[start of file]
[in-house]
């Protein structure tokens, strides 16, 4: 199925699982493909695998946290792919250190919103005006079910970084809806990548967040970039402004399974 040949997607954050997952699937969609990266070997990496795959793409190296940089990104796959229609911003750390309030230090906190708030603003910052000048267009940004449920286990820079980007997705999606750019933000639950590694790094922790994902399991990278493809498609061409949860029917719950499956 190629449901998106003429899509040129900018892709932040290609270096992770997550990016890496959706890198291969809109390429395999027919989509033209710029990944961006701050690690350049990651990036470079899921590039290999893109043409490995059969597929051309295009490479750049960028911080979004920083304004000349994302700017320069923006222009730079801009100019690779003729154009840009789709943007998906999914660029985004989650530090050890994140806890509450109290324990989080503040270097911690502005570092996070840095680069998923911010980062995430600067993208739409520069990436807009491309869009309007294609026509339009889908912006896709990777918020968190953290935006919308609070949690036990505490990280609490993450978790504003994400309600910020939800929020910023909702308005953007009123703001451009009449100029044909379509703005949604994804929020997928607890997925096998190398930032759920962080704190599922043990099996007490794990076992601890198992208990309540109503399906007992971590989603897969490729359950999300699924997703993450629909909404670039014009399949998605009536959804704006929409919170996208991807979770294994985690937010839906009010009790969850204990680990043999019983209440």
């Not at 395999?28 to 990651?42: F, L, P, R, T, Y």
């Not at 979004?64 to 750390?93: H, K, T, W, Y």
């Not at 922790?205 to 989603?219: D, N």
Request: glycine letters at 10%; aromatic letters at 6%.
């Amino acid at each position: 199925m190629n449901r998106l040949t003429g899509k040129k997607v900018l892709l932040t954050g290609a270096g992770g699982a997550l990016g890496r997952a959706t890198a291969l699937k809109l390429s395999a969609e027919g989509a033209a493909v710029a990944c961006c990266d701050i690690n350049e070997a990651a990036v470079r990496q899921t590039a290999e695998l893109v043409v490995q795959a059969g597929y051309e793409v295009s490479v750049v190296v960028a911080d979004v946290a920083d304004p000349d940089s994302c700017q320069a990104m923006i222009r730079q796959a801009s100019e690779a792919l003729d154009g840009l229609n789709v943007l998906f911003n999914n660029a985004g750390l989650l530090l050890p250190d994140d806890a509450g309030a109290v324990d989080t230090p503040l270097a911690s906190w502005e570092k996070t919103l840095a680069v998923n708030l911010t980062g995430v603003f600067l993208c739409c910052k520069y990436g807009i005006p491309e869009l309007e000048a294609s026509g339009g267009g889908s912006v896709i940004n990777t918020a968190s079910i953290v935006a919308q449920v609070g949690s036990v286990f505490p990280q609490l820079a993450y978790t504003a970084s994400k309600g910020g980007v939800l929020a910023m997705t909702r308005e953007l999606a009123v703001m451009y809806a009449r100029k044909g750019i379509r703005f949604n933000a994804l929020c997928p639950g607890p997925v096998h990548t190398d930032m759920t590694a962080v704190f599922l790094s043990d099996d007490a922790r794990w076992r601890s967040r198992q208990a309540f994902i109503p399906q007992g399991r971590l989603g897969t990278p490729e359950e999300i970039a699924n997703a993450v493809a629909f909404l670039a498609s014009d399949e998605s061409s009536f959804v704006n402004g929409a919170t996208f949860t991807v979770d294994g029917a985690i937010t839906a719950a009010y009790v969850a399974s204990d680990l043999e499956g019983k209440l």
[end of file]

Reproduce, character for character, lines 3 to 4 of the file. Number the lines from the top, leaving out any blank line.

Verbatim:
């Not at 395999?28 to 990651?42: F, L, P, R, T, Y």
């Not at 979004?64 to 750390?93: H, K, T, W, Y």